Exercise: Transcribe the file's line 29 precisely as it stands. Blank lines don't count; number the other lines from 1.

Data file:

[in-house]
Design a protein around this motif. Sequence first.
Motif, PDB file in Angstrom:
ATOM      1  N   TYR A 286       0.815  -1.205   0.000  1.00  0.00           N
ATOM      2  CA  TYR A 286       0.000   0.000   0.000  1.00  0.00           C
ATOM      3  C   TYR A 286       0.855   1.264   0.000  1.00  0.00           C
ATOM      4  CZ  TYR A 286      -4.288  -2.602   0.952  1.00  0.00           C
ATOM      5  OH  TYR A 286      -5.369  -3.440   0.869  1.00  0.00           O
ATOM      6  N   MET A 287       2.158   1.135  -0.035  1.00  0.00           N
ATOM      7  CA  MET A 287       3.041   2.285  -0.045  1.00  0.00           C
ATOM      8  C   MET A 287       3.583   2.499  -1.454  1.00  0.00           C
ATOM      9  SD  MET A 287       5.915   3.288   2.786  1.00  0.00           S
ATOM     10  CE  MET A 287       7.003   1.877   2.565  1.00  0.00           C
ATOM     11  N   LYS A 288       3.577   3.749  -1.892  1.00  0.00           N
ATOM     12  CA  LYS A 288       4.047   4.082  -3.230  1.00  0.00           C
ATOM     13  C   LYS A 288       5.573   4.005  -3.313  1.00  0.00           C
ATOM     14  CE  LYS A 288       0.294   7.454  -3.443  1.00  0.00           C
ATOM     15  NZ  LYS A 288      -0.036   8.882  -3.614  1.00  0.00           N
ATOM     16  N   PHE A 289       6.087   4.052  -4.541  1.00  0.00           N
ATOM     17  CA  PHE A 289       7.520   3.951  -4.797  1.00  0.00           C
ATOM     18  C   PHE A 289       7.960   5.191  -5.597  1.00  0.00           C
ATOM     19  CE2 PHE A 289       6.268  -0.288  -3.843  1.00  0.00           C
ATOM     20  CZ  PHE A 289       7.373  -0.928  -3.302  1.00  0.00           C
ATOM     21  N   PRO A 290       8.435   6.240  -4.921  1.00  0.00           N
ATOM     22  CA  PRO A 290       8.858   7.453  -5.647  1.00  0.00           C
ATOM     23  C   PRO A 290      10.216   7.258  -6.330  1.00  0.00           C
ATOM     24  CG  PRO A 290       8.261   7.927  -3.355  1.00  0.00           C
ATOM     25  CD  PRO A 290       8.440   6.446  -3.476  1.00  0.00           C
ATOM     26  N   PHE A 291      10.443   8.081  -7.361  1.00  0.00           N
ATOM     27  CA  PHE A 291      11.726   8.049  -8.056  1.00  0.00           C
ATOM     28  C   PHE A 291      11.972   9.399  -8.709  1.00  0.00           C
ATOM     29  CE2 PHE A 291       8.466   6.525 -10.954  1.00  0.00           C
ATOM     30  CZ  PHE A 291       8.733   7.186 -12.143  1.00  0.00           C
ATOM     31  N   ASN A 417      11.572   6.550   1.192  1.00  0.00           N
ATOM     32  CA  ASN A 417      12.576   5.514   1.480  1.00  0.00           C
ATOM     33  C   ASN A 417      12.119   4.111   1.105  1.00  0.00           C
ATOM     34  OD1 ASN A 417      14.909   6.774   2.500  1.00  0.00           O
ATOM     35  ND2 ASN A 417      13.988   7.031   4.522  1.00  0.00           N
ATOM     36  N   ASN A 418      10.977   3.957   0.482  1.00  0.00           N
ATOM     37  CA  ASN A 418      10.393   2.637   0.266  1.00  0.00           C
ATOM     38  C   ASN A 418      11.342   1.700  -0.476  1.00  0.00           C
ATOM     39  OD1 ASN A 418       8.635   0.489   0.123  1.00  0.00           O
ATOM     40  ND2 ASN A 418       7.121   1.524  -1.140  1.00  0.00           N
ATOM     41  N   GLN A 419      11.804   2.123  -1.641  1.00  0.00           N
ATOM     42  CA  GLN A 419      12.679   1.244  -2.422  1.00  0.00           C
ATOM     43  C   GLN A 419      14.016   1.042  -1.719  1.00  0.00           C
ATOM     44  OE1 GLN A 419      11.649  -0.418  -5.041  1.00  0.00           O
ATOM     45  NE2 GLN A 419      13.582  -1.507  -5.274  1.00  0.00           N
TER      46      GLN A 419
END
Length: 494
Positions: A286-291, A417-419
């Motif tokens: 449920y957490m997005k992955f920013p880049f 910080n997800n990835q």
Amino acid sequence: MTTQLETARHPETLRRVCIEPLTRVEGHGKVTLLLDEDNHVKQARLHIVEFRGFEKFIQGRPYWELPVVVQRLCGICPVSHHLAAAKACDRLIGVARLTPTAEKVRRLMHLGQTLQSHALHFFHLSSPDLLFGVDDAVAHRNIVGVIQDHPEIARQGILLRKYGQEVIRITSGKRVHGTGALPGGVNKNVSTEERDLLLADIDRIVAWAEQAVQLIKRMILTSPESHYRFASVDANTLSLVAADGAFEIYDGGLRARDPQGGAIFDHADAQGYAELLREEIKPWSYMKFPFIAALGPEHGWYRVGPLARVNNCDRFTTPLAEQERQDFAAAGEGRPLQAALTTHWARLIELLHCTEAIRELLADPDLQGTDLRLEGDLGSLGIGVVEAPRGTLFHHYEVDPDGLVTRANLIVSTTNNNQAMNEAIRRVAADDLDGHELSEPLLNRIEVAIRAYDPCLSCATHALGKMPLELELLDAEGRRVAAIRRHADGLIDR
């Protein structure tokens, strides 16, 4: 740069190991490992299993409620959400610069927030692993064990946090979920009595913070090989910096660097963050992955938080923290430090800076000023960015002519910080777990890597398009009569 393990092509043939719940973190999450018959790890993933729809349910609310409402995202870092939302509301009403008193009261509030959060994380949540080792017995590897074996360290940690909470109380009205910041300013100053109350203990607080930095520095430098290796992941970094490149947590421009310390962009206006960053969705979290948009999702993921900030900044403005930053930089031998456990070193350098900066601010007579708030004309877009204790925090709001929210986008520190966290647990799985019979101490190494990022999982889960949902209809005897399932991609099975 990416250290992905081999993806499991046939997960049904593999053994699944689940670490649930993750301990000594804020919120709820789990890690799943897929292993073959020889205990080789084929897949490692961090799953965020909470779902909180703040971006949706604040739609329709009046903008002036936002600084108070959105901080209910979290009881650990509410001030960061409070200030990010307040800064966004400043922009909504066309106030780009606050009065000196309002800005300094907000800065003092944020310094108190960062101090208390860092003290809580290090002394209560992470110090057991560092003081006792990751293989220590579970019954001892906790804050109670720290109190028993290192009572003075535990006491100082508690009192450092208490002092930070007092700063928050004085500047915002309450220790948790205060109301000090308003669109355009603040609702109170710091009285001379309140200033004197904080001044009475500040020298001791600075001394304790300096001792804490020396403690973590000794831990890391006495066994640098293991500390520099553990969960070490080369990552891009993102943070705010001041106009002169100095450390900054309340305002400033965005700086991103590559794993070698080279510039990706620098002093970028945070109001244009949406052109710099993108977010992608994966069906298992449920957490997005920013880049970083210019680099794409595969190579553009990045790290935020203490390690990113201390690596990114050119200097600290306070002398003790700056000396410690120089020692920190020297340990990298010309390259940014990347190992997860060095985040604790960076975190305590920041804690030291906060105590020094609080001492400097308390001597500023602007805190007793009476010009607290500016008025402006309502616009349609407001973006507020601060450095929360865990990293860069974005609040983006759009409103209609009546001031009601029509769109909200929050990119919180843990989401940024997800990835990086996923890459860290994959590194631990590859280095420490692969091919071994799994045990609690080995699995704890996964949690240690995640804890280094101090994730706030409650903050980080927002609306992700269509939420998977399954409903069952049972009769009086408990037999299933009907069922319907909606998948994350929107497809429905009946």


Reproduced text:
ATOM     26  N   PHE A 291      10.443   8.081  -7.361  1.00  0.00           N